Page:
Neumann Miniature Clip Mic System Used by Youth Orchestra During ‘NFL Honors’
As one of the events leading up to last month’s Super Bowl, the “NFL Honors” show recognized several professional American football players and coaches for their performances during the 2021 football season. The two-hour-long awards ceremony, broadcast on Feb. 10 for millions of viewers on the ABC and ESPN+ television networks, featured the Inner City Youth Orchestra (ICYOLA) of Los Angeles performing for the duration of the show. ICYOLA’s performance also marked the American broadcast debut of Neumann.Berlin’s new Miniature Clip Mic System, which was used to capture the orchestral instruments on stage.
According to Charles Dickerson, executive director and conductor of ICYOLA, this is the first year the annual ceremony has featured a live orchestra for its music program, and the opportunity to perform came unexpectedly: “The producer called us out of the blue, told us that he was aware of the work that we had done over the years, and shared with us that we were the orchestra that he had selected to perform for this event. When he invited us to participate, we told him that we would be honored to do so.”
ICYOLA soon began rehearsing John Williams’ “Superman March,” “Star Wars (Main Title),” William Walton’s “Crown Imperial,” and other material. “The music was very triumphant, and we performed it with exactly that kind of mindset,” Dickerson explains.
Founded in 2009 with nine members, ICYOLA now boasts 120 members, and is the largest majority African American orchestra in America. Over the course of its 12-year history, the orchestra has played for numerous significant events in Los Angeles and around the country, including the unveiling of the Martin Luther King Jr. memorial in Washington, D.C. Each of ICYOLA’s seasons culminates in a special performance at the Walt Disney Concert Hall in downtown Los Angeles. Dickerson says that the age of orchestra members ranges from 12 to 30, and that “most of them have to step away when they go off to college. But when they come back home, they often want to play with us again — so now, the older ones are mentoring the younger ones.”
For the “NFL Honors” performance, the orchestra consisted of 54 players since they needed to conform to the size of the stage. “We wanted to feature the brass prominently, so we had five horns, four trumpets, a tuba, a percussion section and about half of our normal string section,” Dickerson explains.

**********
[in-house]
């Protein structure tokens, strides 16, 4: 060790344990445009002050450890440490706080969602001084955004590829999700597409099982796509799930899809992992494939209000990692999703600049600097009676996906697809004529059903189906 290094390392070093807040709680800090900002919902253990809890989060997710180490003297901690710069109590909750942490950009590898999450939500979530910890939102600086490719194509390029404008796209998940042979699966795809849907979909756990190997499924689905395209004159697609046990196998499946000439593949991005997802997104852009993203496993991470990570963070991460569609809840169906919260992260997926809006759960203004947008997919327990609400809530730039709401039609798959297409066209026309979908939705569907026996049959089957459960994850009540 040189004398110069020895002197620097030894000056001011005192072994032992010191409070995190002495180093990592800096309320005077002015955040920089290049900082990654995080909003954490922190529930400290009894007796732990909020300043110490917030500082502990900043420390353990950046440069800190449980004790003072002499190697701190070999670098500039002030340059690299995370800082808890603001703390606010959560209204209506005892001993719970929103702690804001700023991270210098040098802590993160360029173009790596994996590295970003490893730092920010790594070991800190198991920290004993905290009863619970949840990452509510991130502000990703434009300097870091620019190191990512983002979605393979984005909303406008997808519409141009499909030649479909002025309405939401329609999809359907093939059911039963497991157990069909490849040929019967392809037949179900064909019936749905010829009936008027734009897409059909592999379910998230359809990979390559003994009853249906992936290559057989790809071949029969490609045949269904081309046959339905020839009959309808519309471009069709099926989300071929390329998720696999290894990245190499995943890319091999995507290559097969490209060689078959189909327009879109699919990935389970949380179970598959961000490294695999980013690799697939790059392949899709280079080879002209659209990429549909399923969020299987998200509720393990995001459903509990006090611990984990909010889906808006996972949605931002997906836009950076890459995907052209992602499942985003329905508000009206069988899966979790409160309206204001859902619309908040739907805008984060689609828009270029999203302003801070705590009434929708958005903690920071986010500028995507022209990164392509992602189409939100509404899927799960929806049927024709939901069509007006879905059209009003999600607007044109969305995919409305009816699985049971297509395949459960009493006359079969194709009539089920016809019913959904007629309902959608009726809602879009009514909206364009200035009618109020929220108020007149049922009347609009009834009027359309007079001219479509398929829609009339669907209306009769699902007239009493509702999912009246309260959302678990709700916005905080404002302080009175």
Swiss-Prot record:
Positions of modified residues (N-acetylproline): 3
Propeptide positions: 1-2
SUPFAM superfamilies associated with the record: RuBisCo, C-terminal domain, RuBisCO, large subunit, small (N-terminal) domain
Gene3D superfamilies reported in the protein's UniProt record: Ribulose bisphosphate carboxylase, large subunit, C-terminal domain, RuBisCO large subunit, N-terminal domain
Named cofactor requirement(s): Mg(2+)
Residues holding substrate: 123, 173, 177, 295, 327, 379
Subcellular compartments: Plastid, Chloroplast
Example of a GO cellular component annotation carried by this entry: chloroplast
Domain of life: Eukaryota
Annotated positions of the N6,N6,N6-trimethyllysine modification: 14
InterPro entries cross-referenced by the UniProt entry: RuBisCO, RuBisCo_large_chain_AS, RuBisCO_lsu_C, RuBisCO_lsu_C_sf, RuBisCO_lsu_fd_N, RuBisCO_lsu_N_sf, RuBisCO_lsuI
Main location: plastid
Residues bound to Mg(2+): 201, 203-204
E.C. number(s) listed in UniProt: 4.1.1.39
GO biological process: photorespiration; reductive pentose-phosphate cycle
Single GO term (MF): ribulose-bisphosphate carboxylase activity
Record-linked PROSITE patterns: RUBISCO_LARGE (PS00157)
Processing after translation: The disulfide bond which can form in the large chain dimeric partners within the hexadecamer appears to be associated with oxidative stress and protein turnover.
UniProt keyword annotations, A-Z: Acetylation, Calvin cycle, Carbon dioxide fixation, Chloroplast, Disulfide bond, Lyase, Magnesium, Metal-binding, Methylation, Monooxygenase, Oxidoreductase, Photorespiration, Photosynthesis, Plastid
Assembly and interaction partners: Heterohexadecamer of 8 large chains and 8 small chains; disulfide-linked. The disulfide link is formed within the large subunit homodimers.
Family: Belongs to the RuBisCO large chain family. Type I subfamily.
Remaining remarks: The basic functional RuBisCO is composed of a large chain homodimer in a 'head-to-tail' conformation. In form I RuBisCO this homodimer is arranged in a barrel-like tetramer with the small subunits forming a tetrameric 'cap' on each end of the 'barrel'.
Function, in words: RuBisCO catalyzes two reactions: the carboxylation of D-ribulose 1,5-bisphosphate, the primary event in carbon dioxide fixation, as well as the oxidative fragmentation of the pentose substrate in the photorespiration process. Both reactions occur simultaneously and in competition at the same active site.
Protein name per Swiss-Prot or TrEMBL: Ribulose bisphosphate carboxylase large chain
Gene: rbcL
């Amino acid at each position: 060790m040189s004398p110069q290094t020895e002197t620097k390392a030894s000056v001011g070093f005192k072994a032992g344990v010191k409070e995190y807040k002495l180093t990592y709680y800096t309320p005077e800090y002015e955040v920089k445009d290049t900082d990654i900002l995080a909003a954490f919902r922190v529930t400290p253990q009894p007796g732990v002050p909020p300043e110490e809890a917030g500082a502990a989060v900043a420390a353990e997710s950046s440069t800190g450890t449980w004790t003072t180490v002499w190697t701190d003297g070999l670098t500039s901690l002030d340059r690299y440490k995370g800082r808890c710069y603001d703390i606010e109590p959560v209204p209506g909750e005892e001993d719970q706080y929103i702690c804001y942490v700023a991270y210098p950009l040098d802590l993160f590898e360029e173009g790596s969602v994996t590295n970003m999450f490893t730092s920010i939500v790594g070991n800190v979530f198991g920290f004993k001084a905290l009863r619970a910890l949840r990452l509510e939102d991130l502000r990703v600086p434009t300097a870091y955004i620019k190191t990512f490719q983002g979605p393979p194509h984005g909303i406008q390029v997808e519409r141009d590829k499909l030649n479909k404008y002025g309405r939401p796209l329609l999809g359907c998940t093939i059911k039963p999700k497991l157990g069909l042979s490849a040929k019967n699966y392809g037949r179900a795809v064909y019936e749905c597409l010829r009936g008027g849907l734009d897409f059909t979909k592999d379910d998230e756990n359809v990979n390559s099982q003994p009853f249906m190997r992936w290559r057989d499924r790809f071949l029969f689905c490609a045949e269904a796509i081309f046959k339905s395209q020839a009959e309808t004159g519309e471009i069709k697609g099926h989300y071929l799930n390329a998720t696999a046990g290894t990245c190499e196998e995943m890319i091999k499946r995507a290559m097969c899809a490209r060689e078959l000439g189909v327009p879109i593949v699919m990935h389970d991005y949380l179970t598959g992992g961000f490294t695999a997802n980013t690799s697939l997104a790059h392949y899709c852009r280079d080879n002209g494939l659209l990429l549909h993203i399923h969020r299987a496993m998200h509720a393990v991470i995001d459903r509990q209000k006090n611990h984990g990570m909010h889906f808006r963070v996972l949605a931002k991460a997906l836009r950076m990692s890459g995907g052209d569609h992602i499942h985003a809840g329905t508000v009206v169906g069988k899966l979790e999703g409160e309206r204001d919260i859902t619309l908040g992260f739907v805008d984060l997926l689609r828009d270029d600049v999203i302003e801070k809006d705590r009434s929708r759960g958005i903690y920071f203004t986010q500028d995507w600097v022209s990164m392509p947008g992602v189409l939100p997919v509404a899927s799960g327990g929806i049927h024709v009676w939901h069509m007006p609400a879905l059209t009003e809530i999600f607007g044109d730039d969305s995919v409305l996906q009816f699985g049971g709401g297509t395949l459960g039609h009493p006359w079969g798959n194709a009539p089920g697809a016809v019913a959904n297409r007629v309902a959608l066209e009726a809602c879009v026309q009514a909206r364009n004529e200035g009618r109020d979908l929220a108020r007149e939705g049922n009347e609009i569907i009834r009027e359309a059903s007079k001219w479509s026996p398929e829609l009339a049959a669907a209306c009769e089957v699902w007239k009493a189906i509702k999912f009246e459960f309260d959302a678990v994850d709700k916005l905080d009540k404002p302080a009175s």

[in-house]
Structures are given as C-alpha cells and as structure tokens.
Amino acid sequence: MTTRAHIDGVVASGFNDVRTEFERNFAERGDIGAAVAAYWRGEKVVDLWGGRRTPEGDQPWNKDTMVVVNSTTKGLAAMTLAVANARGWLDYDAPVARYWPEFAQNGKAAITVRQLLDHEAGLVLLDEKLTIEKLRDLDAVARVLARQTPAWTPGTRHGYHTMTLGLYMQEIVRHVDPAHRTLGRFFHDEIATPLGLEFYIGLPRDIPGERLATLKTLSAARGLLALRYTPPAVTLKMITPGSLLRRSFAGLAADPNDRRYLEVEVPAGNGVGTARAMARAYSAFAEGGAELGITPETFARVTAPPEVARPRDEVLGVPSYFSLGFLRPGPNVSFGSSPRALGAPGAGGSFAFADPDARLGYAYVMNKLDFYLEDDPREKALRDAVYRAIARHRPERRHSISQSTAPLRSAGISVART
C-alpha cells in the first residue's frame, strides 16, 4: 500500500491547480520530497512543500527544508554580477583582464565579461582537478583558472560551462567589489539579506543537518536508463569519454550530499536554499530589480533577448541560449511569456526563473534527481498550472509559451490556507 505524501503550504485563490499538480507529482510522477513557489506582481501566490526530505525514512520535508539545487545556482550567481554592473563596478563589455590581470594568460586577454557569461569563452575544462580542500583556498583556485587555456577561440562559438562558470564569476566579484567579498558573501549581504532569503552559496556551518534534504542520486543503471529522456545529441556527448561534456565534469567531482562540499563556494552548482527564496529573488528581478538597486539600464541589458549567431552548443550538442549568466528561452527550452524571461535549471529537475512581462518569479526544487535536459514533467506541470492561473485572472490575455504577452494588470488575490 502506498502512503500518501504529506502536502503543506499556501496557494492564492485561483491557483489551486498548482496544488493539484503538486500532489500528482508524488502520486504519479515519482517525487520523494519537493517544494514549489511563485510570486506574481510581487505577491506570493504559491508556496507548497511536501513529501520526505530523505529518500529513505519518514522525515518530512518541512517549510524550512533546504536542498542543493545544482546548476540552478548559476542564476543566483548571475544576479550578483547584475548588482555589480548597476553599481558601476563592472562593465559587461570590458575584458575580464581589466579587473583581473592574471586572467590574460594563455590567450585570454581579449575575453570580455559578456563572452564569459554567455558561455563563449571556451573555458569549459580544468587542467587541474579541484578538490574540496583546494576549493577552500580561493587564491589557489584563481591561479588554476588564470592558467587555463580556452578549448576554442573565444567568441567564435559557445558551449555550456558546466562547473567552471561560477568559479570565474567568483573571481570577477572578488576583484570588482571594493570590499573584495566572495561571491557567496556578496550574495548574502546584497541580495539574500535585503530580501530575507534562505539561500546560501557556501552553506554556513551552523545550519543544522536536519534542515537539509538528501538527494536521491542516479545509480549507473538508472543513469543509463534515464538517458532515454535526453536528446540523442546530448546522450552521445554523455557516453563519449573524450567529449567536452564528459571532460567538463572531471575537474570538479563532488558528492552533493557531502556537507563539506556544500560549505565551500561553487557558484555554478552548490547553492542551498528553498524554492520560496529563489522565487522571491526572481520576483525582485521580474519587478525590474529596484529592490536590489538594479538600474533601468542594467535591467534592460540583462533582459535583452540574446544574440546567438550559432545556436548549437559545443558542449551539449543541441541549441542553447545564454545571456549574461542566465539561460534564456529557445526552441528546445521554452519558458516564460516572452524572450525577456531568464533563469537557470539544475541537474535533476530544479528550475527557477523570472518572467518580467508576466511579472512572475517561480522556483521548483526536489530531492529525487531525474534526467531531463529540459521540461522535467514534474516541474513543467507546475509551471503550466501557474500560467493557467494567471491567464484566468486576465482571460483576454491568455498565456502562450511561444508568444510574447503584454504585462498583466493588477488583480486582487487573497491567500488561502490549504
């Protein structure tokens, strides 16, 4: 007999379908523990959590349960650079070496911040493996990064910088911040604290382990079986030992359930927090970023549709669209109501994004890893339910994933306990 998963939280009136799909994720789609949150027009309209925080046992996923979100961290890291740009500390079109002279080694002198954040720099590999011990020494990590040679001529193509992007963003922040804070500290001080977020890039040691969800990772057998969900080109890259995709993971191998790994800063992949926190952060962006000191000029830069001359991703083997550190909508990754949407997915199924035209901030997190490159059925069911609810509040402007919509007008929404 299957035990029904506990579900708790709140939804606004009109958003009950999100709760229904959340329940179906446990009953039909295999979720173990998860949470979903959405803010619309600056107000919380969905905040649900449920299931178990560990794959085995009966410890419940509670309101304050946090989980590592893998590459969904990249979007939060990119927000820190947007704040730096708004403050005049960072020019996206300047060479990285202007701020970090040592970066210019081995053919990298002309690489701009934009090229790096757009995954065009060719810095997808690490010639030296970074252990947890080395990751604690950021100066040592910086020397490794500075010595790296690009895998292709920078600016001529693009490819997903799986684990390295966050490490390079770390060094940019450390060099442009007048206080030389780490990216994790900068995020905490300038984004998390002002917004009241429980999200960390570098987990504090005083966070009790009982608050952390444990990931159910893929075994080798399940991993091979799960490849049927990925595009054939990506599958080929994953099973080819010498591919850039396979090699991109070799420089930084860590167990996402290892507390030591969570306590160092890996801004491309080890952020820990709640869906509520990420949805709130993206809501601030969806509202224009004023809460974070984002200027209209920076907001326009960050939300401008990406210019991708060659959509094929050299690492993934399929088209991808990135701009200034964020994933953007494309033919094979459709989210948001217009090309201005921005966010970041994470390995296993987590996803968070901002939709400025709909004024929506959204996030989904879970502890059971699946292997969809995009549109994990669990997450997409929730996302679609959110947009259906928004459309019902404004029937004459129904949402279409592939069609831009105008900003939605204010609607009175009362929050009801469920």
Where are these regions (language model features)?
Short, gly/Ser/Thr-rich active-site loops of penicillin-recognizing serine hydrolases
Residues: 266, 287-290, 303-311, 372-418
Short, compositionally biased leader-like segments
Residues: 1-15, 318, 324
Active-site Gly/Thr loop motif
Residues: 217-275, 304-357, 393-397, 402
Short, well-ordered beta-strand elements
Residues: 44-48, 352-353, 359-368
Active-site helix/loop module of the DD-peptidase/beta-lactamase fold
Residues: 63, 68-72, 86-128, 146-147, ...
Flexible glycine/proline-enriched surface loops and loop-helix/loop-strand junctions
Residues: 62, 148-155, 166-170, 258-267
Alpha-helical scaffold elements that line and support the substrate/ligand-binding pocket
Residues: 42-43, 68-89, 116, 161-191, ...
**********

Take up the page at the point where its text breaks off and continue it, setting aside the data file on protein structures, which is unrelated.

Veteran audio engineer Randy Faustino was called on to handle the broadcast mix and saw the performance as a perfect opportunity to try the new Neumann Miniature Clip Mic System on each of the instruments. “Neumann had 54 mics sent out from Germany and we ended up using them on all the horns and the strings,” Faustino says. Set up was quick and without fuss: “We got the box of microphones in, and within an hour we were already getting levels.”
“Neumann’s Miniature Clip Mic System was wonderful to work with — the strings sounded warm and pleasant, and the horns sounded brilliant and clear,” says Faustino. “I didn’t have to EQ out any of the edginess that I normally have to while using some other microphones, and the clips kept each microphone exactly in the right position without any obstruction from the performers.” In auditioning a microphone, Faustino knows exactly what he is listening for: “I want it to sound natural. We’ve used many other microphones in past for this kind of application, but the Miniature Clip Mic System was just better,” he says.
While Faustino appreciates the sound of the new KK 14 capsule, he also appreciates the importance of the new microphone’s form factor and secure clip performance: “The mics are firmly mounted and will not scratch the instruments or get breathed on by the performers. You don’t capture anything that you don’t want to hear.”
The new KK 14 cardioid capsule is able to capture the natural sound of a wide range of acoustic sources. Each of its eight key components are manufactured independently and assembled by hand. Its tonal consistency, combined with the innovative form factor of the Miniature Clip Microphone System, means that engineers are able to save time during set up and EQ. With a self-noise of just 23 dBA and an extremely high maximum sound level of 153 dB SPL, the KK 14 is able to deliver optimal results from both very quiet and very loud instruments.
For Dickerson and the orchestra, one of the best attributes of the Miniature Clip Microphone System is that they weren’t noticeable. “Our job is to make the music, and those who are responsible for reproducing the sound did so perfectly. Both the sound engineer and the equipment he used — including these incredible microphones — did a great job of enhancing our sound, and practically without notice to the musicians,” says Dickerson. “We are very grateful for both the microphones used and for the professionals who set everything up.”
After the performance, Dickerson was able to listen to the streaming broadcast mix and was pleased at the results: “Randy was able to mic all of these instruments individually, and balance everything into a cohesive sound. Since then, I’ve probably watched it 20 times. How did it sound? I don’t think it could’ve sounded any better!”
As for Faustino’s first experience with the new Neumann Miniature Mic Clip System for a live event broadcast to millions of people, he was confident all along: “I knew Neumann would come through and that we were in good hands.”